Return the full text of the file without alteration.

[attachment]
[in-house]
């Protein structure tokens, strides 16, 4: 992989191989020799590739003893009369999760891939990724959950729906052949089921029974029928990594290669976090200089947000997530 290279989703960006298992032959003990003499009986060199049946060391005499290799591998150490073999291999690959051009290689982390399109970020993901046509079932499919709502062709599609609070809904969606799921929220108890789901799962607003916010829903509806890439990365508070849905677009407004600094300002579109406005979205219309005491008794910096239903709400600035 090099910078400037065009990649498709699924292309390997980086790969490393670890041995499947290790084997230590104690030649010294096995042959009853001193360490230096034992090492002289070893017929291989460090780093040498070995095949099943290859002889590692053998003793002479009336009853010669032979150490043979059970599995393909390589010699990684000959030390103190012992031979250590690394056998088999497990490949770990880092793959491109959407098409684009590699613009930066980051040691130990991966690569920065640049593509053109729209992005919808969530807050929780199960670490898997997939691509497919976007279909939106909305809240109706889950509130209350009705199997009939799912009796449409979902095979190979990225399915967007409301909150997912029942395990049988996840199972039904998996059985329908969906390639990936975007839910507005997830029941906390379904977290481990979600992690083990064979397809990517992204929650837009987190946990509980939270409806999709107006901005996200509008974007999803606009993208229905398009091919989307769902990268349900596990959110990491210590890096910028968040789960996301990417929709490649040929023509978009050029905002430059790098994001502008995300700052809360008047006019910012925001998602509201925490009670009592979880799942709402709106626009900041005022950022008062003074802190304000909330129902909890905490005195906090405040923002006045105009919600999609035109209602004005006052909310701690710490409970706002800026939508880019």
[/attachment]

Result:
[in-house]
């Protein structure tokens, strides 16, 4: 992989191989020799590739003893009369999760891939990724959950729906052949089921029974029928990594290669976090200089947000997530 290279989703960006298992032959003990003499009986060199049946060391005499290799591998150490073999291999690959051009290689982390399109970020993901046509079932499919709502062709599609609070809904969606799921929220108890789901799962607003916010829903509806890439990365508070849905677009407004600094300002579109406005979205219309005491008794910096239903709400600035 090099910078400037065009990649498709699924292309390997980086790969490393670890041995499947290790084997230590104690030649010294096995042959009853001193360490230096034992090492002289070893017929291989460090780093040498070995095949099943290859002889590692053998003793002479009336009853010669032979150490043979059970599995393909390589010699990684000959030390103190012992031979250590690394056998088999497990490949770990880092793959491109959407098409684009590699613009930066980051040691130990991966690569920065640049593509053109729209992005919808969530807050929780199960670490898997997939691509497919976007279909939106909305809240109706889950509130209350009705199997009939799912009796449409979902095979190979990225399915967007409301909150997912029942395990049988996840199972039904998996059985329908969906390639990936975007839910507005997830029941906390379904977290481990979600992690083990064979397809990517992204929650837009987190946990509980939270409806999709107006901005996200509008974007999803606009993208229905398009091919989307769902990268349900596990959110990491210590890096910028968040789960996301990417929709490649040929023509978009050029905002430059790098994001502008995300700052809360008047006019910012925001998602509201925490009670009592979880799942709402709106626009900041005022950022008062003074802190304000909330129902909890905490005195906090405040923002006045105009919600999609035109209602004005006052909310701690710490409970706002800026939508880019």